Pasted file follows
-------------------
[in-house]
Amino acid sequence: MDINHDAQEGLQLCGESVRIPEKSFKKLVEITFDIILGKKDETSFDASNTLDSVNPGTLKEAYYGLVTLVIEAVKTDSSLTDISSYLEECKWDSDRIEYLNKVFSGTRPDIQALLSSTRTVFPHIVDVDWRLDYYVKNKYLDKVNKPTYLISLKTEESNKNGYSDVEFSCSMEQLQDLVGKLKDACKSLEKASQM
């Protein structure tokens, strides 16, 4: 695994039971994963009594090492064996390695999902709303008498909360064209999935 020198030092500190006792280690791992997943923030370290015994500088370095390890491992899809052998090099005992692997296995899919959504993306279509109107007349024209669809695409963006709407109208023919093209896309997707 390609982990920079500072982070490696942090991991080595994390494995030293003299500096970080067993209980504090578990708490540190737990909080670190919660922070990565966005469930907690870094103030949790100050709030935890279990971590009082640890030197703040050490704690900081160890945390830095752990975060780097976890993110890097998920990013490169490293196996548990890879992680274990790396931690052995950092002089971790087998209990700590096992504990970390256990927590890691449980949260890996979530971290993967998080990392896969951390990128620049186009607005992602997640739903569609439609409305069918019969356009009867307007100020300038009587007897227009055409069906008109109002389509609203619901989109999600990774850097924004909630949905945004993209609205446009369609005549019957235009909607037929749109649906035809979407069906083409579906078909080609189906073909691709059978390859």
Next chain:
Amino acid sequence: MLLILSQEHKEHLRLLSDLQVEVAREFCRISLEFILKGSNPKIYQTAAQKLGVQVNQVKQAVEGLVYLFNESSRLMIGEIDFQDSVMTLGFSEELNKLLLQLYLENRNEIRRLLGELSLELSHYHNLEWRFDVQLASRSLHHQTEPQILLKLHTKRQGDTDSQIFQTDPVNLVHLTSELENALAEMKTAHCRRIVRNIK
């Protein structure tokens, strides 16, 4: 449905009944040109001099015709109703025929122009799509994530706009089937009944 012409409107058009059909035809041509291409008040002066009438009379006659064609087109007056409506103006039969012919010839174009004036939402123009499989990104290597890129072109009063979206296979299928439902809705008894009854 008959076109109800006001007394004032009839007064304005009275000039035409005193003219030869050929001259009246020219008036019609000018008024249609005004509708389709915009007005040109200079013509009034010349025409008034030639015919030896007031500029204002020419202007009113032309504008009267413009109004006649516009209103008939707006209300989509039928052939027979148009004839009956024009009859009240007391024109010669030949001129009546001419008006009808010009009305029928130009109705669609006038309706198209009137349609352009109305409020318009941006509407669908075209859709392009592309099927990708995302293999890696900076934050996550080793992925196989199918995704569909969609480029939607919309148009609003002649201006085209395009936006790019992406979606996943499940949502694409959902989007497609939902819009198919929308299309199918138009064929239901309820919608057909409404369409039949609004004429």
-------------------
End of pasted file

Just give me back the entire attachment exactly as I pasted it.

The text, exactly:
[in-house]
Amino acid sequence: MDINHDAQEGLQLCGESVRIPEKSFKKLVEITFDIILGKKDETSFDASNTLDSVNPGTLKEAYYGLVTLVIEAVKTDSSLTDISSYLEECKWDSDRIEYLNKVFSGTRPDIQALLSSTRTVFPHIVDVDWRLDYYVKNKYLDKVNKPTYLISLKTEESNKNGYSDVEFSCSMEQLQDLVGKLKDACKSLEKASQM
């Protein structure tokens, strides 16, 4: 695994039971994963009594090492064996390695999902709303008498909360064209999935 020198030092500190006792280690791992997943923030370290015994500088370095390890491992899809052998090099005992692997296995899919959504993306279509109107007349024209669809695409963006709407109208023919093209896309997707 390609982990920079500072982070490696942090991991080595994390494995030293003299500096970080067993209980504090578990708490540190737990909080670190919660922070990565966005469930907690870094103030949790100050709030935890279990971590009082640890030197703040050490704690900081160890945390830095752990975060780097976890993110890097998920990013490169490293196996548990890879992680274990790396931690052995950092002089971790087998209990700590096992504990970390256990927590890691449980949260890996979530971290993967998080990392896969951390990128620049186009607005992602997640739903569609439609409305069918019969356009009867307007100020300038009587007897227009055409069906008109109002389509609203619901989109999600990774850097924004909630949905945004993209609205446009369609005549019957235009909607037929749109649906035809979407069906083409579906078909080609189906073909691709059978390859």
Next chain:
Amino acid sequence: MLLILSQEHKEHLRLLSDLQVEVAREFCRISLEFILKGSNPKIYQTAAQKLGVQVNQVKQAVEGLVYLFNESSRLMIGEIDFQDSVMTLGFSEELNKLLLQLYLENRNEIRRLLGELSLELSHYHNLEWRFDVQLASRSLHHQTEPQILLKLHTKRQGDTDSQIFQTDPVNLVHLTSELENALAEMKTAHCRRIVRNIK
């Protein structure tokens, strides 16, 4: 449905009944040109001099015709109703025929122009799509994530706009089937009944 012409409107058009059909035809041509291409008040002066009438009379006659064609087109007056409506103006039969012919010839174009004036939402123009499989990104290597890129072109009063979206296979299928439902809705008894009854 008959076109109800006001007394004032009839007064304005009275000039035409005193003219030869050929001259009246020219008036019609000018008024249609005004509708389709915009007005040109200079013509009034010349025409008034030639015919030896007031500029204002020419202007009113032309504008009267413009109004006649516009209103008939707006209300989509039928052939027979148009004839009956024009009859009240007391024109010669030949001129009546001419008006009808010009009305029928130009109705669609006038309706198209009137349609352009109305409020318009941006509407669908075209859709392009592309099927990708995302293999890696900076934050996550080793992925196989199918995704569909969609480029939607919309148009609003002649201006085209395009936006790019992406979606996943499940949502694409959902989007497609939902819009198919929308299309199918138009064929239901309820919608057909409404369409039949609004004429």